Abu Dhabi regulator issues guidance on cryptocurrencies

ADGM sets out approach to 'initial coin offerings' and digital currencies
By Sarah Townsend
Tue 10 Oct 2017 12:40 PM

Abu Dhabi’s Financial Services Regulatory Authority (FSRA) has published guidance to the market on listings of bitcoin and other cryptocurrencies.

The Abu Dhabi FRSA, part of financial free zone Abu Dhabi Global Market (ADGM), has set out its approach on ‘initial coin/token offerings’ (ICOs) and other aspects of the growing virtual currency landscape in the UAE, in a statement on its website.

The regulator explained that ICOs are a means to raise cash, much like an initial public offering (IPO) in equity markets but through the issuance of a crytocurrency rather than stock.

This is a “novel and potentially more “novel and cost-effective way of raising funds for companies and projects”, the regulator said.

It provided clarifications for those who seek to use ICOs to raise funds, and those who are considering investing in them.

It said that ICOs comprise virtual ‘tokens’ for trade, which exhibit the characteristics of ‘specified investments’ and therefore will be treated as such within the existing FSRA regulatory framework.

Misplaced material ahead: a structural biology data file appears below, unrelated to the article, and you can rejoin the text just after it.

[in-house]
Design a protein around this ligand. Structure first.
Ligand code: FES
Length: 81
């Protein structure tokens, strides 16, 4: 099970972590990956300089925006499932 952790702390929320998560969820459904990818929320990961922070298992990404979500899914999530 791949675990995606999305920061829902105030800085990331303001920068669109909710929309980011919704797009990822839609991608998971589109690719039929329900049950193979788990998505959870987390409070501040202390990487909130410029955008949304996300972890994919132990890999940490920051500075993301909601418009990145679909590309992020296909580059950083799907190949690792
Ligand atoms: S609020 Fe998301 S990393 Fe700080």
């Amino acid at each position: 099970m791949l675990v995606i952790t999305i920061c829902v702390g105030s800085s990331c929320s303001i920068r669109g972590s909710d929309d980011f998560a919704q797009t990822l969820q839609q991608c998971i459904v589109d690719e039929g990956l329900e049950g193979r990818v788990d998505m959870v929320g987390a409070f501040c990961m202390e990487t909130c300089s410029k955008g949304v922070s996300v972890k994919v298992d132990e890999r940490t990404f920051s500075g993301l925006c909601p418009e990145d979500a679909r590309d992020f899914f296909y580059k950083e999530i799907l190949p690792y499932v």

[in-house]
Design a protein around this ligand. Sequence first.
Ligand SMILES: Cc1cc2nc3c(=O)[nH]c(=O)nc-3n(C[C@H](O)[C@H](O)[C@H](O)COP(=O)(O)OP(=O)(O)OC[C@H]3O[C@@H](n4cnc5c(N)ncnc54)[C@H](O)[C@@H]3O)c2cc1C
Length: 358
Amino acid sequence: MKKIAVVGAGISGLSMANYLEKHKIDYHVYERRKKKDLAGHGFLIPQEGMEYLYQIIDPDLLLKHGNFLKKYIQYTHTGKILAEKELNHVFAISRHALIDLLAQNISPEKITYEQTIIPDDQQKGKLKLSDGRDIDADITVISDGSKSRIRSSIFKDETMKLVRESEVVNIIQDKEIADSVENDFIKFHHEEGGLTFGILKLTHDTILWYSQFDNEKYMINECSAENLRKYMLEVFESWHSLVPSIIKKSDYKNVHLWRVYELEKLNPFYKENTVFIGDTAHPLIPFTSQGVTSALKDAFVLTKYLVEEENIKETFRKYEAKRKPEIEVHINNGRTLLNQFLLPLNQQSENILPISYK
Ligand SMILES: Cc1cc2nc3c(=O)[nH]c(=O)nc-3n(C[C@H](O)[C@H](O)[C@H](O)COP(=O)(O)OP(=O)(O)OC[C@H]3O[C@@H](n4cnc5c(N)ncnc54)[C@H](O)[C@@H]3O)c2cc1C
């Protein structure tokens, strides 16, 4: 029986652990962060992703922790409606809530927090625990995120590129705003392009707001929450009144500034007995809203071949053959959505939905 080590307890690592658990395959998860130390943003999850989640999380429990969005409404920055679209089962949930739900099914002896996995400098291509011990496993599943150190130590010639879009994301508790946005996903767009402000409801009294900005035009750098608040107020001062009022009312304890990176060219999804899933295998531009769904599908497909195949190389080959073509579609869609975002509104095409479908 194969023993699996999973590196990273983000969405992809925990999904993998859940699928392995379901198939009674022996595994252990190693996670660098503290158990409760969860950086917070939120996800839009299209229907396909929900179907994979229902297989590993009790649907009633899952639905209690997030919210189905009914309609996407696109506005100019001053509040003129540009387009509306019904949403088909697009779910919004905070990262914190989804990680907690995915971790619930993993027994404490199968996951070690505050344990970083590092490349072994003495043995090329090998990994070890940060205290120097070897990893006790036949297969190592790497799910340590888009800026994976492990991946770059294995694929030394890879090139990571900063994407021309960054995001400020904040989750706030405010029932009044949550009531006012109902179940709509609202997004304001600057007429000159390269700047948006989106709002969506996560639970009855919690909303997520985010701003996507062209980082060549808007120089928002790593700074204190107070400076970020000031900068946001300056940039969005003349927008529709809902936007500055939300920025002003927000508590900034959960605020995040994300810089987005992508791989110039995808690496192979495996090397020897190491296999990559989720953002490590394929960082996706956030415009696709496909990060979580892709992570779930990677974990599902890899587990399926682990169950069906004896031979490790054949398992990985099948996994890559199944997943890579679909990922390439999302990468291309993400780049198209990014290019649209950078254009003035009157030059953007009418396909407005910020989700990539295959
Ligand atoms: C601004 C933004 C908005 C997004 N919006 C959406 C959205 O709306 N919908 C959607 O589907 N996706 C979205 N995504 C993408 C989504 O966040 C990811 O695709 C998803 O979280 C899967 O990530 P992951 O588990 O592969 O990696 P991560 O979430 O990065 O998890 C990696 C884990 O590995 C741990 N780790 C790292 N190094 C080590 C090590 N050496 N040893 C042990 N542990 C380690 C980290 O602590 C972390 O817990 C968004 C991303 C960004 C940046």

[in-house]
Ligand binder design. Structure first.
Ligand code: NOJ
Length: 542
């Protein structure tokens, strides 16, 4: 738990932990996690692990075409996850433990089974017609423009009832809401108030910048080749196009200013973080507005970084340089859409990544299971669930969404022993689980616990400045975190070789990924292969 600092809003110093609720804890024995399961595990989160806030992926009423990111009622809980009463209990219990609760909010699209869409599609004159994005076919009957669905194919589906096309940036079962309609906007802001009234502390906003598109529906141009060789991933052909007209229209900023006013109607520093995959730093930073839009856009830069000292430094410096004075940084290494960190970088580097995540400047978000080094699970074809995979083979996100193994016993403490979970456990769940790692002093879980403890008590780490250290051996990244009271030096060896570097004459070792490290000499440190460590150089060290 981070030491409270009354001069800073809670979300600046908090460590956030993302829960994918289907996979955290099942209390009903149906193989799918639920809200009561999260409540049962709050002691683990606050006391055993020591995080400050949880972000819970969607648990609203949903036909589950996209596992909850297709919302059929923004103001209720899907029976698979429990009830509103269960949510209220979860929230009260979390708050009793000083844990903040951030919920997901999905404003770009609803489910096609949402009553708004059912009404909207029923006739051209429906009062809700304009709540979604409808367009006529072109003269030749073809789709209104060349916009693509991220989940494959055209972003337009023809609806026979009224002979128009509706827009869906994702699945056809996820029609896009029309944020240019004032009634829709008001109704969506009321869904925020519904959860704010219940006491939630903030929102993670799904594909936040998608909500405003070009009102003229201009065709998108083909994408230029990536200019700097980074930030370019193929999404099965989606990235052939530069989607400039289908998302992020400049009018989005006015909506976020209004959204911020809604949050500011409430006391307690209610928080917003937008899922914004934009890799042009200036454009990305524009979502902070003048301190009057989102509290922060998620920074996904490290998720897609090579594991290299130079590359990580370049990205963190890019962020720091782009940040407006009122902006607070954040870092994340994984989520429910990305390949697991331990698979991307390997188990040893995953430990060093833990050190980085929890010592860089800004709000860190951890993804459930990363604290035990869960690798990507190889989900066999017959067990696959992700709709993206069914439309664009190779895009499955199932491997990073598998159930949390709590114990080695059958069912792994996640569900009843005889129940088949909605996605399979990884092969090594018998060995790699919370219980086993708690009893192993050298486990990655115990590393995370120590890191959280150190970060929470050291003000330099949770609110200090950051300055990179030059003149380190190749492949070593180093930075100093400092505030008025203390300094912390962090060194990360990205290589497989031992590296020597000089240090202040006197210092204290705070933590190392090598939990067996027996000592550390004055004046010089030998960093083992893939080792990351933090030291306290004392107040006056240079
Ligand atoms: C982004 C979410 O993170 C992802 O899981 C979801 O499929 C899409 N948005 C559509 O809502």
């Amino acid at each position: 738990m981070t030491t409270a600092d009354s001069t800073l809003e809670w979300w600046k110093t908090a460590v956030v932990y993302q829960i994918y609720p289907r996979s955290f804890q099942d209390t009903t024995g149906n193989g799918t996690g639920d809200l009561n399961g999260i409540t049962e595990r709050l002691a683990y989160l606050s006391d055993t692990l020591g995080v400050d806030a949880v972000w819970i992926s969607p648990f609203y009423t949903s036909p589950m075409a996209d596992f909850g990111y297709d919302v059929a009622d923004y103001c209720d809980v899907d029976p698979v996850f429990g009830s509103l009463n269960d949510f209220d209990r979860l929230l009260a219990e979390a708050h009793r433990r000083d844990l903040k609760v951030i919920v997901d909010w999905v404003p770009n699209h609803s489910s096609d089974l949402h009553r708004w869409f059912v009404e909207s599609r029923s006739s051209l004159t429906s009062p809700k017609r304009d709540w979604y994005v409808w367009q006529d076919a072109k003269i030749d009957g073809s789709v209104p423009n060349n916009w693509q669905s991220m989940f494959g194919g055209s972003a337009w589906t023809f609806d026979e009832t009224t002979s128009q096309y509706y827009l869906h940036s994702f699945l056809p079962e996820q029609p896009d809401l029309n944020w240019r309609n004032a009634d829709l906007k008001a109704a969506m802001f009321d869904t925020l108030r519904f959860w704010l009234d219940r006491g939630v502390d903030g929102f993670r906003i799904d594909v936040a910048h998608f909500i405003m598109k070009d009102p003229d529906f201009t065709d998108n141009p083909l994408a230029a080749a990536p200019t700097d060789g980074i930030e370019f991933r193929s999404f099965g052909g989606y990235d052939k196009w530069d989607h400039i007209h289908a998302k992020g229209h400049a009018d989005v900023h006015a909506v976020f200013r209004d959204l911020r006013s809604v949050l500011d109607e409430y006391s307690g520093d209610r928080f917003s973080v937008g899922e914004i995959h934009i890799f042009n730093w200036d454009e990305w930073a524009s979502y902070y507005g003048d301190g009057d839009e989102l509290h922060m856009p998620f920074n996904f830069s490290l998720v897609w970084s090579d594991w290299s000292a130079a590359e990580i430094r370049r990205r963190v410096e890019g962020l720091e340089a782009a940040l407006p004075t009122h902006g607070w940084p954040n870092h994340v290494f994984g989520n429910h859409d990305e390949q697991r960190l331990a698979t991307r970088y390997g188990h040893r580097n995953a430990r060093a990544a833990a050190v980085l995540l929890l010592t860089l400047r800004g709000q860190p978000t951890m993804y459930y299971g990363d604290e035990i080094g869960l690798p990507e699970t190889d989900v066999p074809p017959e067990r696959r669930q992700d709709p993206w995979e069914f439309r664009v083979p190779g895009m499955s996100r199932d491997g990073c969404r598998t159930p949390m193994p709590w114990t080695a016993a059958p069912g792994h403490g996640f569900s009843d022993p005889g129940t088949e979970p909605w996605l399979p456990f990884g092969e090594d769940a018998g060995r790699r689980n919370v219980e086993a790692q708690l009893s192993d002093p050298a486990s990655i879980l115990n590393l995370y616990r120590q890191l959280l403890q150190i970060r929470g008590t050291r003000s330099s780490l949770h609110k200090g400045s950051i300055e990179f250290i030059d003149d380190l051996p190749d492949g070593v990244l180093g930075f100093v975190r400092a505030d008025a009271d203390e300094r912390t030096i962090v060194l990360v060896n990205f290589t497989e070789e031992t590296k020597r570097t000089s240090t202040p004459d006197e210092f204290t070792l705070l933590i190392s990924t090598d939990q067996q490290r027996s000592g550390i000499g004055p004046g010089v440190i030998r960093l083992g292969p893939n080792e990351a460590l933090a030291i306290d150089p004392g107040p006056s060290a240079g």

However, it noted that ICOs have generally been unregulated in most markets and virtual currencies such as Bitcoin viewed as risky investments. It therefore urges “caution to those seeking outsized investment returns due to their (virtual currencies’) price volatility”.

For this reason and others, the regulator said that a one-size-fits-all approach to investing in and regulating a virtual currency market is “inappropriate”.

For example, it pointed out that distributed ledger technology (DLT) – such as blockchain, through which Bitcoin and other crytocurrencies can be applied – has wide application to financial services and markets as a whole. “Virtual tokens, at their most basic, are pieces of information recorded on a DLT network,” the guidance said.

“Among others, tokens can represent a medium of exchange such as a virtual currency, a regulated financial instrument such as a share, or a person’s identity record.

“A one-size-fits-all approach to virtual tokens is therefore inappropriate.”

Richard Teng, chief executive director of the regulatory authority at ADGM, said: “ICOs have transformed the capital formation landscape, and global regulatory frameworks are evolving to adapt to such innovation.”

“Participants exploring the issuance of ICOs that offer real value to the market and wish to operate within our regulatory framework are encouraged to engage us early to gain insights into the applicable regulatory regime.”

ADGM said the regulatory authority will regularly review and update its financial services rules “to maintain an effective market”.

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